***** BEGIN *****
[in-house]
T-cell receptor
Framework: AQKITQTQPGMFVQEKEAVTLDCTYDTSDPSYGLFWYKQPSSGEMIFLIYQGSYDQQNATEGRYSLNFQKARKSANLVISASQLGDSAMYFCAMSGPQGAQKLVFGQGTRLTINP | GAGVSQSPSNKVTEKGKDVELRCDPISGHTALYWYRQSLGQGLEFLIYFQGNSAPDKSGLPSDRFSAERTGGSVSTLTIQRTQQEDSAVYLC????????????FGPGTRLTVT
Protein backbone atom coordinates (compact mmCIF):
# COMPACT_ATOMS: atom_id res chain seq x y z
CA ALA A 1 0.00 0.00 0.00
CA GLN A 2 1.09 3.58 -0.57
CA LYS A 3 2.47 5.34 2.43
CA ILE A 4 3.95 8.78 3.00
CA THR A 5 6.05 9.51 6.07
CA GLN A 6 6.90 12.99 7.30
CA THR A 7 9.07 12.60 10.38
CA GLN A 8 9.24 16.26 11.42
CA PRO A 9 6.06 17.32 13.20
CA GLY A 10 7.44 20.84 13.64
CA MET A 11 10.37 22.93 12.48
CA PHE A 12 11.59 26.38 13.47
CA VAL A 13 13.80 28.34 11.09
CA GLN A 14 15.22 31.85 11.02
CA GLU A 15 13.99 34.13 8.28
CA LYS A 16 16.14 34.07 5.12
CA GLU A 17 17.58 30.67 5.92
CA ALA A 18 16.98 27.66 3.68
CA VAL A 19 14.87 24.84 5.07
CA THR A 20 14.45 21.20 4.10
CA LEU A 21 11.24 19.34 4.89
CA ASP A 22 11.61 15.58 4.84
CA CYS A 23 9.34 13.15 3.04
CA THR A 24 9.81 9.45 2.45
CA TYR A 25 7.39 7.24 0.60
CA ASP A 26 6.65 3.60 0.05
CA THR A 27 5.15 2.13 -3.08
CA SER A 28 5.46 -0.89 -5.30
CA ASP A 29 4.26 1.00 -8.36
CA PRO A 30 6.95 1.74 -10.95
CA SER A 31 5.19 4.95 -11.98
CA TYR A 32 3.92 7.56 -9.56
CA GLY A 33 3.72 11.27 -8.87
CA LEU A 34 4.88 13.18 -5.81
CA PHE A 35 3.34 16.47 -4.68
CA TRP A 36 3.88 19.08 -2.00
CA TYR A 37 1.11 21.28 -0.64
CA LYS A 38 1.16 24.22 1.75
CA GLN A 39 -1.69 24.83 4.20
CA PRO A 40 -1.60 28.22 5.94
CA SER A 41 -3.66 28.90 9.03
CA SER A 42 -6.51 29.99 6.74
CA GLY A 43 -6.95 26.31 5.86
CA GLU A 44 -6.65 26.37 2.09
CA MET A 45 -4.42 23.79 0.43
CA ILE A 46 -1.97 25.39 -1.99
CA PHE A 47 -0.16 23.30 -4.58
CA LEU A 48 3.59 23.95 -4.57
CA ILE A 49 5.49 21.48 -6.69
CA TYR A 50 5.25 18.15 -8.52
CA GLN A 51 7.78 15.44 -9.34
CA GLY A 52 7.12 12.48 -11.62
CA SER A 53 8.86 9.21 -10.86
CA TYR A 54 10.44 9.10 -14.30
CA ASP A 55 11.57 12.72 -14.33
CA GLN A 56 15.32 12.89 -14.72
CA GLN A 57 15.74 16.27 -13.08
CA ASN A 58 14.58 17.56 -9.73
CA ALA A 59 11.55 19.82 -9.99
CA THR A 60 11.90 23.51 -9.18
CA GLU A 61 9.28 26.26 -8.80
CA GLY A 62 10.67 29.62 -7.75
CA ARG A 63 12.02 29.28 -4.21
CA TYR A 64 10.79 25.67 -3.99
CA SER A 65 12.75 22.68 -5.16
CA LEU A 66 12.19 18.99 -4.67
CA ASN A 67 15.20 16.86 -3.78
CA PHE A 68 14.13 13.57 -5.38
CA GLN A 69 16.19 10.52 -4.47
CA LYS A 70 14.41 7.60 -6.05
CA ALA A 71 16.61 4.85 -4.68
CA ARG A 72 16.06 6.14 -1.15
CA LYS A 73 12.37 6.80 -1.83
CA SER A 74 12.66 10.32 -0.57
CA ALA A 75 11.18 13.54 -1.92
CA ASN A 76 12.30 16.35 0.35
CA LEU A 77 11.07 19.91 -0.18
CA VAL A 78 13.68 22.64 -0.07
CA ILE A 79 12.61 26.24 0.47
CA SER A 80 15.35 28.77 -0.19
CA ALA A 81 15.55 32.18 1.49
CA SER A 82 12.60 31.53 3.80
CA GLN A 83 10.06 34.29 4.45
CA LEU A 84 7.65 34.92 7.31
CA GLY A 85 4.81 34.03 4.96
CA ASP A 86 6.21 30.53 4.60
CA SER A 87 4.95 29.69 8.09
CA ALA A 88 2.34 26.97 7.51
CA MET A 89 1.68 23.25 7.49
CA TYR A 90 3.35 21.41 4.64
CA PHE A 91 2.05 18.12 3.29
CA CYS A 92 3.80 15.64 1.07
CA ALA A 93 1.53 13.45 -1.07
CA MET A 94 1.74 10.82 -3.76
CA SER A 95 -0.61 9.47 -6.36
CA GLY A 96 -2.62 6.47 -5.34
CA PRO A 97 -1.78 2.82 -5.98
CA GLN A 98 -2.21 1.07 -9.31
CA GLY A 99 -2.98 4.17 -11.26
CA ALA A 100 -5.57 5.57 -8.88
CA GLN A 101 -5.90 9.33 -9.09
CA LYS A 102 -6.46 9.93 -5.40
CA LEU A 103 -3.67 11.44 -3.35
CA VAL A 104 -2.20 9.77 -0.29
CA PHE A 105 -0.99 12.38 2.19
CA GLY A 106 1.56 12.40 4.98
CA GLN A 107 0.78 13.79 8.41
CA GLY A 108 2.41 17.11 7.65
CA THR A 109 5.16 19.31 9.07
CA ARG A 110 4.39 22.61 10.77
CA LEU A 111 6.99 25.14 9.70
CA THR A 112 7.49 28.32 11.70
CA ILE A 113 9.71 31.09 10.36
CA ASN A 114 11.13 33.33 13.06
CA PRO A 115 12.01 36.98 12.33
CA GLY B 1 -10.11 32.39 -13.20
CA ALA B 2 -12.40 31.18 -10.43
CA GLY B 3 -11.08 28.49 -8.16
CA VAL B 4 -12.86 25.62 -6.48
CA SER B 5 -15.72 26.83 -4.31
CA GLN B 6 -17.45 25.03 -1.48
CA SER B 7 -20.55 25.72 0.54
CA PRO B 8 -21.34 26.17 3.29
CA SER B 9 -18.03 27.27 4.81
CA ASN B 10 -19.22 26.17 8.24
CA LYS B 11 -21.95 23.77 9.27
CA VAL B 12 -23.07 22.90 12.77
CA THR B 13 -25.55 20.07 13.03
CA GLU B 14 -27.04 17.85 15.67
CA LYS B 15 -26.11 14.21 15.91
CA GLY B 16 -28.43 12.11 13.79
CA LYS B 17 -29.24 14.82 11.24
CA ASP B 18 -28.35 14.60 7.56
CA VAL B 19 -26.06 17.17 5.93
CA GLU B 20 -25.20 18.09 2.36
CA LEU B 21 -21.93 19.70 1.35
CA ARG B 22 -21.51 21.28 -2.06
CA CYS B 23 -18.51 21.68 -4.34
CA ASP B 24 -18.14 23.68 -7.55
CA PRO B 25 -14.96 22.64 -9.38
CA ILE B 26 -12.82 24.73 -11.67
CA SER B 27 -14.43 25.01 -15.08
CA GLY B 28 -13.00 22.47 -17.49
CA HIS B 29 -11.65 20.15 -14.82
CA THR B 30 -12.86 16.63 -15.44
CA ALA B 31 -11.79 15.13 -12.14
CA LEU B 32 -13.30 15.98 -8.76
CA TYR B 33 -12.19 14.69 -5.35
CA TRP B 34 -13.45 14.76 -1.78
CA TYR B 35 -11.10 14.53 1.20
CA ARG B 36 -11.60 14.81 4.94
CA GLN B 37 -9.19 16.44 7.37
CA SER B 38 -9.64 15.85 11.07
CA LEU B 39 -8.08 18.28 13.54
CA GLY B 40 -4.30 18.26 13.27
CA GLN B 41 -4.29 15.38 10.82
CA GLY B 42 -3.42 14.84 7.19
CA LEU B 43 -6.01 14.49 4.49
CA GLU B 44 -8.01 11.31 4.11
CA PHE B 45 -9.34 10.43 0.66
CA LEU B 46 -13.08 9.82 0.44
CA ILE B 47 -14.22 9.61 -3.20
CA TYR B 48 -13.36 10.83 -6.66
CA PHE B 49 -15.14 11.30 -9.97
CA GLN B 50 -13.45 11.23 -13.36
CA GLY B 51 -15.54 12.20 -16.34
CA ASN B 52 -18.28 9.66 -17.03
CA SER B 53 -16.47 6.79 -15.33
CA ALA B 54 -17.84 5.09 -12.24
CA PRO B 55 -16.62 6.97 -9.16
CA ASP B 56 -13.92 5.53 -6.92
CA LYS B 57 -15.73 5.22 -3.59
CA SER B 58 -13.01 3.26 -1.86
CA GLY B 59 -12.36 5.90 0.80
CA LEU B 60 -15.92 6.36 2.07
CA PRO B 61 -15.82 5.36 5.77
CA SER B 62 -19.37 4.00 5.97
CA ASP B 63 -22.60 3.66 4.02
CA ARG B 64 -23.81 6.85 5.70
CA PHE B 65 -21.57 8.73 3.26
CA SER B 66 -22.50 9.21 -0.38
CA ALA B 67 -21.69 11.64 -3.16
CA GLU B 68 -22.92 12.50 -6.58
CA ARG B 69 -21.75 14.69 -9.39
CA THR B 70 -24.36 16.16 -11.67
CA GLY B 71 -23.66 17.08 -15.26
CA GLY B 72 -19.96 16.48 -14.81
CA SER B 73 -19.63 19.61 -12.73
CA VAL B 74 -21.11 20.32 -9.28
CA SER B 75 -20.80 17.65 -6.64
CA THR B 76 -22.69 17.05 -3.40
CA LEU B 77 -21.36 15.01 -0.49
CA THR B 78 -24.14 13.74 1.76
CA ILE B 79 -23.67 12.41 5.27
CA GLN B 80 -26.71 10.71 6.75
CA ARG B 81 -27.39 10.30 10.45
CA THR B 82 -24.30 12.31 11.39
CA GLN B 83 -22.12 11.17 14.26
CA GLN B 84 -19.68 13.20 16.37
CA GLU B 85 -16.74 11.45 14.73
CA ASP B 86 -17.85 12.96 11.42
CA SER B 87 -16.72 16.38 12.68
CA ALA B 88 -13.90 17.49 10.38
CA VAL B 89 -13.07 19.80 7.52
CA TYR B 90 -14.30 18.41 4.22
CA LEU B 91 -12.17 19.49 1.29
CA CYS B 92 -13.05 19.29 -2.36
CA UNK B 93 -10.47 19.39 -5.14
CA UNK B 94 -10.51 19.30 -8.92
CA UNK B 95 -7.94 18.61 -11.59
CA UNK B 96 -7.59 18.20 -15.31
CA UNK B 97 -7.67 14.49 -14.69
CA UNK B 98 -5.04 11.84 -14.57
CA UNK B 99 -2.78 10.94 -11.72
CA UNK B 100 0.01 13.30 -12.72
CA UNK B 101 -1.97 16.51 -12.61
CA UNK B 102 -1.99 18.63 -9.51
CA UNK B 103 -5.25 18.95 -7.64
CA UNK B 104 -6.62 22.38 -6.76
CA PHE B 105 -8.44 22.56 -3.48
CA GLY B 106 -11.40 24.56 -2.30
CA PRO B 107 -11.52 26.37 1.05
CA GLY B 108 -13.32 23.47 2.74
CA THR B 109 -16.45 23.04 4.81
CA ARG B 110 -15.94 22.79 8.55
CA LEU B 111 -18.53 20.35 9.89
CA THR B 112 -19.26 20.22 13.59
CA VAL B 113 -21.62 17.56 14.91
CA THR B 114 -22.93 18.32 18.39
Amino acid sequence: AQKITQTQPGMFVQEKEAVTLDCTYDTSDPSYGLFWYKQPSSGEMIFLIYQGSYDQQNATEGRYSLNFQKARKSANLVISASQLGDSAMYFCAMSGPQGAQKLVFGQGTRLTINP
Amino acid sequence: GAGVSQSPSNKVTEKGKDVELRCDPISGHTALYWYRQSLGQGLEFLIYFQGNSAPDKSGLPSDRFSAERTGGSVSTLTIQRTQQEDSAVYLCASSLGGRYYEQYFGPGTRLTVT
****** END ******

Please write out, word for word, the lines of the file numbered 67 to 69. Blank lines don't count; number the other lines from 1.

CA GLY A 62 10.67 29.62 -7.75
CA ARG A 63 12.02 29.28 -4.21
CA TYR A 64 10.79 25.67 -3.99